Heel spurs are a condition that usually makes its presence known first thing in the morning via heel pain. Discomfort is typically felt in the front and bottom of the heel (calcaneal). Pain can be
constant for several months or intermittent for lengthy periods of time.
A major cause of heel spur pain comes from the development of new fibrous tissue around the bony spur, which acts as a cushion over the area of stress. As this tissue grows, a callus forms and takes
up even more space than the heel spur, leading to less space for the thick surrounding network of tendons, nerves, ligaments and supporting tissue. These important structures in the foot have limited
space because of calcium or tissue buildup, which leads to swelling and redness of the foot, and a deep throbbing pain worsened with exercise.
An individual with the lower legs turning inward, a condition called genu valgus or "knock knees," can have a tendency toward excessive pronation. This can lead to a fallen arch and problems with the
plantar fascia and heel spurs. Women tend to suffer from this condition more than men. Heel spurs can also result from an abnormally high arch. Other factors leading to heel spurs include a sudden
increase in daily activities, an increase in weight, or a thinner cushion on the bottom of the heel due to old age. A significant increase in training intensity or duration may cause inflammation of
the plantar fascia. High-heeled shoes, improperly fitted shoes, and shoes that are too flexible in the middle of the arch or bend before the toe joints will cause problems with the plantar fascia and
possibly lead to heel spurs.
A Heel Spur diagnosis is made when an X-ray shows a hook of bone protruding from the bottom of the foot at the point where the plantar fascia is attached to the heel bone. The plantar fascia is the
thick, connective tissue that runs from the calcaneus (heel bone) to the ball of the foot. This strong and tight tissue helps maintain the arch of the foot. It is also one of the major transmitters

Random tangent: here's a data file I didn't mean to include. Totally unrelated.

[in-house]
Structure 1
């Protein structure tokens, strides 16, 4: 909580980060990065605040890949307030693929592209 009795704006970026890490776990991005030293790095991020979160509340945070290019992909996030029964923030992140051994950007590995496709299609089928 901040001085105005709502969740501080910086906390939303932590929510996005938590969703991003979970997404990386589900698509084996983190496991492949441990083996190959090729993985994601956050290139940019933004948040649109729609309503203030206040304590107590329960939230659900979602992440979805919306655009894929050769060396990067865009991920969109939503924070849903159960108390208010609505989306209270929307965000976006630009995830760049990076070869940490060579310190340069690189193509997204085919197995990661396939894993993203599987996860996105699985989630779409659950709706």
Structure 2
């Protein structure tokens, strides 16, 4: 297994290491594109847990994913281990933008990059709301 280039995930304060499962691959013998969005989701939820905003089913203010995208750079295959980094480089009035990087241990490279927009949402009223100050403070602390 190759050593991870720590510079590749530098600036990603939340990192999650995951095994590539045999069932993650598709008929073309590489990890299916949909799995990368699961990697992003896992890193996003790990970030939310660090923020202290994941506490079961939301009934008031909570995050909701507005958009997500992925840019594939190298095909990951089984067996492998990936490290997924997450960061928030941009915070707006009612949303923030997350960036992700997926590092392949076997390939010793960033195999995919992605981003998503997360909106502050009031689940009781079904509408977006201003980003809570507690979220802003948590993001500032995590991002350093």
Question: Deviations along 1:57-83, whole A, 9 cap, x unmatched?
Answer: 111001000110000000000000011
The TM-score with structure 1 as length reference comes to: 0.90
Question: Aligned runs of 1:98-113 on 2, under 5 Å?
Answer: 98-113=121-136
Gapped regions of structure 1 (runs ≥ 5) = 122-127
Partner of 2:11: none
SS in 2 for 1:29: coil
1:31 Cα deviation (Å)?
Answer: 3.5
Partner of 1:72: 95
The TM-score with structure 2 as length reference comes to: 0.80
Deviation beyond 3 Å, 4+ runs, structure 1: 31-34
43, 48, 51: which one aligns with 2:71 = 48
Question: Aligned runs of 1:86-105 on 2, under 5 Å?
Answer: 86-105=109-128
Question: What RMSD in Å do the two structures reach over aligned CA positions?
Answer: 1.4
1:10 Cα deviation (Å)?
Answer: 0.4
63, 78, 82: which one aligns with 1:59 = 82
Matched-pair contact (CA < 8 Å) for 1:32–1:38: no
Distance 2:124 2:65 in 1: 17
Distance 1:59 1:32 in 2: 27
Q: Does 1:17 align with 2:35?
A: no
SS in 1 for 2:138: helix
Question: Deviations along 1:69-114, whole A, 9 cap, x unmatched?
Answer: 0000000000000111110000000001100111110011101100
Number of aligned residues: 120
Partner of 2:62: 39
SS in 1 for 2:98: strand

of weight across the foot as you walk or run. In other words, tremendous stress is placed on the plantar fascia.
Non Surgical Treatment
There are many temporary solutions to resolve the pain associated with irritation to the plantar ligaments. Common recommendations are ice and anti-inflammatory medications or even cortisone
injections, however none of these solve the fundamental problem. To permanently resolve heel spurs you need to support and restrict the movement of the plantar ligaments. Flexible shoes will
aggravate and often contribute to heel spurs. We recommend a RIGID orthotic that extends from the metatarsal heads to the heel to resolve heel spurs.
Surgery to correct for heel spur syndrome is a common procedure which releases plantar fascia partially from its attachment to the calcaneous (heel bone). This part of the surgery is called a plantar
fasciotomy due to the fact the fascia is cut. This is most often done through an open procedure as any heel spur or bursa can be removed at the same time. If the spur is not removed during the
surgery, it will probably be just as successful, as the large spur is not the true problem. Some physicians use an endoscopic approach (EPF) where a small camera aids the physician during surgery
with typically smaller incisions on each side of your foot.
To prevent this condition, wearing shoes with proper arches and support is very important. Proper stretching is always a necessity, especially when there is an increase in activities or a change in
running technique. It is not recommended to attempt working through the pain, as this can change a mild case of heel spurs and plantar fascitis into a long lasting and painful episode of this